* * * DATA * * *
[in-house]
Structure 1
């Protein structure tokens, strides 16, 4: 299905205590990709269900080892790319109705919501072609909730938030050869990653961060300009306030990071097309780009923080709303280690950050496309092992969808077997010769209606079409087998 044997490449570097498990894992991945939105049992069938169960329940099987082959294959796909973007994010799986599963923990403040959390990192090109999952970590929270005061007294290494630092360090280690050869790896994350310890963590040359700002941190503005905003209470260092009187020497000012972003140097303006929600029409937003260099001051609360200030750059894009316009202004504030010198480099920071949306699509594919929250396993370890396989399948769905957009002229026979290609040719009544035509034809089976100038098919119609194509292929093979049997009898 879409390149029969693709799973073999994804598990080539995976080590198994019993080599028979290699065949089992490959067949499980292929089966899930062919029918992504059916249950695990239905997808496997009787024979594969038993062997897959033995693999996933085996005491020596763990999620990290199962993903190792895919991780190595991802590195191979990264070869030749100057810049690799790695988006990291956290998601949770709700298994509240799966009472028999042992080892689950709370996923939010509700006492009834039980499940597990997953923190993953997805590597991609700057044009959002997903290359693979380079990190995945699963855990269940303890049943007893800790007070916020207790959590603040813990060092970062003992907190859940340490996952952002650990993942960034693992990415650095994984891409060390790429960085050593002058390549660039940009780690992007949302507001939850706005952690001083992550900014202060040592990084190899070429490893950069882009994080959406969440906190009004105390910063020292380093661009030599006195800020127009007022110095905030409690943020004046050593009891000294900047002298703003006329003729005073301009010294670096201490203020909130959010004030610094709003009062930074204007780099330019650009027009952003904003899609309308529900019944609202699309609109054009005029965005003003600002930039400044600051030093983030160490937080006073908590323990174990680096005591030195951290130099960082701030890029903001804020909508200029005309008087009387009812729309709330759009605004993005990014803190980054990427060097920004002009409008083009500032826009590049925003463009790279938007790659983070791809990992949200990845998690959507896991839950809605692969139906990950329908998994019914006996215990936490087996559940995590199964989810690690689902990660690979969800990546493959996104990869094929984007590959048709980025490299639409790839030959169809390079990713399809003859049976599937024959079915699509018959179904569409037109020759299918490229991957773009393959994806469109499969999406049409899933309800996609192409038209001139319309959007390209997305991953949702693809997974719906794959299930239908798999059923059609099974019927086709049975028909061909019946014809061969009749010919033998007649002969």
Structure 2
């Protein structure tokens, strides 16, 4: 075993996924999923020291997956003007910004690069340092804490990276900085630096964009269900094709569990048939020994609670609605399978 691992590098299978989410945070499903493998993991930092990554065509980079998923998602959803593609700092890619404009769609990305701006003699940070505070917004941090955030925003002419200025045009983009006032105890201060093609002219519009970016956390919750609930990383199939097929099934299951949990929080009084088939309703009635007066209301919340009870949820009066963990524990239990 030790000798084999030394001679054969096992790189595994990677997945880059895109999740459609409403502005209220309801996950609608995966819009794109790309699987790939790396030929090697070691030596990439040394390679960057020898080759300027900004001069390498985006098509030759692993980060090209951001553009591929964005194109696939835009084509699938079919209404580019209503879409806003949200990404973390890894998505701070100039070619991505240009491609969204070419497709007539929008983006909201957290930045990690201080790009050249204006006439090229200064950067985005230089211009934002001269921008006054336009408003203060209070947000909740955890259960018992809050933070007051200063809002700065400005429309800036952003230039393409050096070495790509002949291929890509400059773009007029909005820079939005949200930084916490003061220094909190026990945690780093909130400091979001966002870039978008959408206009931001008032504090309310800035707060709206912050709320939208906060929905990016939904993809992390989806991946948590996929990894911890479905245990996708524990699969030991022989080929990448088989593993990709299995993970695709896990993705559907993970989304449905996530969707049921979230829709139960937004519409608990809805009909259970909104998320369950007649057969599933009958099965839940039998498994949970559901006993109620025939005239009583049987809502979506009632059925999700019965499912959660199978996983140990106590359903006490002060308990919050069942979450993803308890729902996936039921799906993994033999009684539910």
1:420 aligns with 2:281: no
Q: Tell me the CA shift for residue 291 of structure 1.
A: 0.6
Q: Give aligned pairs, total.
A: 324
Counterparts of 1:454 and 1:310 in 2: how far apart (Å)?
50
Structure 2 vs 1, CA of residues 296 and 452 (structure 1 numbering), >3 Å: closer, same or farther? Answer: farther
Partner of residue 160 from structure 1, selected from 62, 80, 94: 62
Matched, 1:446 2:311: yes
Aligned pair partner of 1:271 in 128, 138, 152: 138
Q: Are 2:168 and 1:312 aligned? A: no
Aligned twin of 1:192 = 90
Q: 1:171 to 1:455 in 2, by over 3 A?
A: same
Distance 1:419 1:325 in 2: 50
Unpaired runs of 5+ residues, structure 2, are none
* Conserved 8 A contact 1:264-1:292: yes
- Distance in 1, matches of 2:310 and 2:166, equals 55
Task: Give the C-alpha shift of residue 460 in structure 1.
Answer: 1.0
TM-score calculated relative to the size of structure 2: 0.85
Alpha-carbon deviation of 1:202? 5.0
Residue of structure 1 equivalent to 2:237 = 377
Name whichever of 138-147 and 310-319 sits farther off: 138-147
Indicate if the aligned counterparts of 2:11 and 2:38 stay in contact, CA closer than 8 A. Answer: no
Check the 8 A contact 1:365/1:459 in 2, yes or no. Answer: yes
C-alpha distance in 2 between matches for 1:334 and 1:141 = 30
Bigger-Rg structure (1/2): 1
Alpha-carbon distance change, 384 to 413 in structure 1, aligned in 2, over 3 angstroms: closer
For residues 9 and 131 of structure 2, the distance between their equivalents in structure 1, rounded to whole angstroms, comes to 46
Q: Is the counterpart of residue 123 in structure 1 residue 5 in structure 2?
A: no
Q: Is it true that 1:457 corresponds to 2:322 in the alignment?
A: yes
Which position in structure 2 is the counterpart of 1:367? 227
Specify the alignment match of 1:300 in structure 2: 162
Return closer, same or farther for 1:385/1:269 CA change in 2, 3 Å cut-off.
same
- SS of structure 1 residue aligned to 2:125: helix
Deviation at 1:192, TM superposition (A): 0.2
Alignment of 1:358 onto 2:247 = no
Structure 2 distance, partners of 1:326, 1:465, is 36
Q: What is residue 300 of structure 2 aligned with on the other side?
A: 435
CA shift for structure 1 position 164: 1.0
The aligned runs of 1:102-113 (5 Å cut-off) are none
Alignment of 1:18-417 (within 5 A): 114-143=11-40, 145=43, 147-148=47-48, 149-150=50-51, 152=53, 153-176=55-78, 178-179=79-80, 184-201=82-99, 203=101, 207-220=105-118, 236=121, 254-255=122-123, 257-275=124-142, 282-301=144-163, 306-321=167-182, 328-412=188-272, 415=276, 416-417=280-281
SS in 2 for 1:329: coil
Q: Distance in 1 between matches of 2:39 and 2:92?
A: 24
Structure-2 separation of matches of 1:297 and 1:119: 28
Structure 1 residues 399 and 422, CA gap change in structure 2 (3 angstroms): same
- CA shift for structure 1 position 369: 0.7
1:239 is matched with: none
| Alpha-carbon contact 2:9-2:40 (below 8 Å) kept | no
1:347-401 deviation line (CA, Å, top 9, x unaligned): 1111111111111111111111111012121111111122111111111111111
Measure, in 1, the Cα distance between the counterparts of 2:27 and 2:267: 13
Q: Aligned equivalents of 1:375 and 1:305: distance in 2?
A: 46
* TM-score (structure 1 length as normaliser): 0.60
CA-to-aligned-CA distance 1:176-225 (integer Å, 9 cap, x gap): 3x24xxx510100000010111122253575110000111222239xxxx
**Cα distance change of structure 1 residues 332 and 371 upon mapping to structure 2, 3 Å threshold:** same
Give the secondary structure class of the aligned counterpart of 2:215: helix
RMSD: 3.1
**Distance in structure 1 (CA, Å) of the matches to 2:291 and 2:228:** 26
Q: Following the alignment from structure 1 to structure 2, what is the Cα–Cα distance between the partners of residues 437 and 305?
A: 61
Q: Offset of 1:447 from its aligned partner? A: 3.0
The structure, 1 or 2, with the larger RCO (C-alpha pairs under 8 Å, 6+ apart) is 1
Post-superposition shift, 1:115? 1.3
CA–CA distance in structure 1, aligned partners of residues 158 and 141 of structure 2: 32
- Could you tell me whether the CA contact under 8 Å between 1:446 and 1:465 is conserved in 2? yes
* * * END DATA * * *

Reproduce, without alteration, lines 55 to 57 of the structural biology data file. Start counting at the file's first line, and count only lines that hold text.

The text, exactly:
Q: Distance in 1 between matches of 2:39 and 2:92?
A: 24
Structure-2 separation of matches of 1:297 and 1:119: 28